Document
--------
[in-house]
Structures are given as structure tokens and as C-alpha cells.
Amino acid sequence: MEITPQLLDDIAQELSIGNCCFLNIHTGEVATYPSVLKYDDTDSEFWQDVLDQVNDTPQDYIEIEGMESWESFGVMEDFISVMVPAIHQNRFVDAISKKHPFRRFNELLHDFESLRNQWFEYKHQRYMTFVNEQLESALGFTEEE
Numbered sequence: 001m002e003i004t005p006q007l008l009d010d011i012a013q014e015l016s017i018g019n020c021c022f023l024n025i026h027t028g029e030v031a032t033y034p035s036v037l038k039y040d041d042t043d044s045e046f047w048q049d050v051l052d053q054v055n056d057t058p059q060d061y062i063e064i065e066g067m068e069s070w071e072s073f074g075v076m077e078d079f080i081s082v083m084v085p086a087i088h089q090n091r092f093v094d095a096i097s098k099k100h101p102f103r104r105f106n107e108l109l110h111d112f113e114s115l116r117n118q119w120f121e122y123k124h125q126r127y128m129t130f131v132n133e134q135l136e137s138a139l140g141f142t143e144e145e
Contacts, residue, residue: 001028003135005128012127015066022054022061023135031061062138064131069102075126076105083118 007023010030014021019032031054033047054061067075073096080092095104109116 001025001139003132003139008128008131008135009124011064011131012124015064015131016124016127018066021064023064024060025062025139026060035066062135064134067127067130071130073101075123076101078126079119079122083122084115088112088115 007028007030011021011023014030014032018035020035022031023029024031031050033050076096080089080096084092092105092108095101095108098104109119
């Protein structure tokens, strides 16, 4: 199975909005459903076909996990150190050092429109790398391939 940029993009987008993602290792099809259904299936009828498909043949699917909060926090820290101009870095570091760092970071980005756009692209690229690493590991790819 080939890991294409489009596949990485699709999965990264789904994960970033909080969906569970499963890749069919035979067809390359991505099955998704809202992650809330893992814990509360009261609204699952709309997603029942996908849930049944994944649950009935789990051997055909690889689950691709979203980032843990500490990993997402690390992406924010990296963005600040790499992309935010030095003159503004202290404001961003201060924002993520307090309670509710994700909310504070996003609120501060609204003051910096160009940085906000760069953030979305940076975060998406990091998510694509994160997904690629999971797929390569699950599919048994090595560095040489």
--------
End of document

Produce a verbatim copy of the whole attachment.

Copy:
[in-house]
Structures are given as structure tokens and as C-alpha cells.
Amino acid sequence: MEITPQLLDDIAQELSIGNCCFLNIHTGEVATYPSVLKYDDTDSEFWQDVLDQVNDTPQDYIEIEGMESWESFGVMEDFISVMVPAIHQNRFVDAISKKHPFRRFNELLHDFESLRNQWFEYKHQRYMTFVNEQLESALGFTEEE
Numbered sequence: 001m002e003i004t005p006q007l008l009d010d011i012a013q014e015l016s017i018g019n020c021c022f023l024n025i026h027t028g029e030v031a032t033y034p035s036v037l038k039y040d041d042t043d044s045e046f047w048q049d050v051l052d053q054v055n056d057t058p059q060d061y062i063e064i065e066g067m068e069s070w071e072s073f074g075v076m077e078d079f080i081s082v083m084v085p086a087i088h089q090n091r092f093v094d095a096i097s098k099k100h101p102f103r104r105f106n107e108l109l110h111d112f113e114s115l116r117n118q119w120f121e122y123k124h125q126r127y128m129t130f131v132n133e134q135l136e137s138a139l140g141f142t143e144e145e
Contacts, residue, residue: 001028003135005128012127015066022054022061023135031061062138064131069102075126076105083118 007023010030014021019032031054033047054061067075073096080092095104109116 001025001139003132003139008128008131008135009124011064011131012124015064015131016124016127018066021064023064024060025062025139026060035066062135064134067127067130071130073101075123076101078126079119079122083122084115088112088115 007028007030011021011023014030014032018035020035022031023029024031031050033050076096080089080096084092092105092108095101095108098104109119
């Protein structure tokens, strides 16, 4: 199975909005459903076909996990150190050092429109790398391939 940029993009987008993602290792099809259904299936009828498909043949699917909060926090820290101009870095570091760092970071980005756009692209690229690493590991790819 080939890991294409489009596949990485699709999965990264789904994960970033909080969906569970499963890749069919035979067809390359991505099955998704809202992650809330893992814990509360009261609204699952709309997603029942996908849930049944994944649950009935789990051997055909690889689950691709979203980032843990500490990993997402690390992406924010990296963005600040790499992309935010030095003159503004202290404001961003201060924002993520307090309670509710994700909310504070996003609120501060609204003051910096160009940085906000760069953030979305940076975060998406990091998510694509994160997904690629999971797929390569699950599919048994090595560095040489």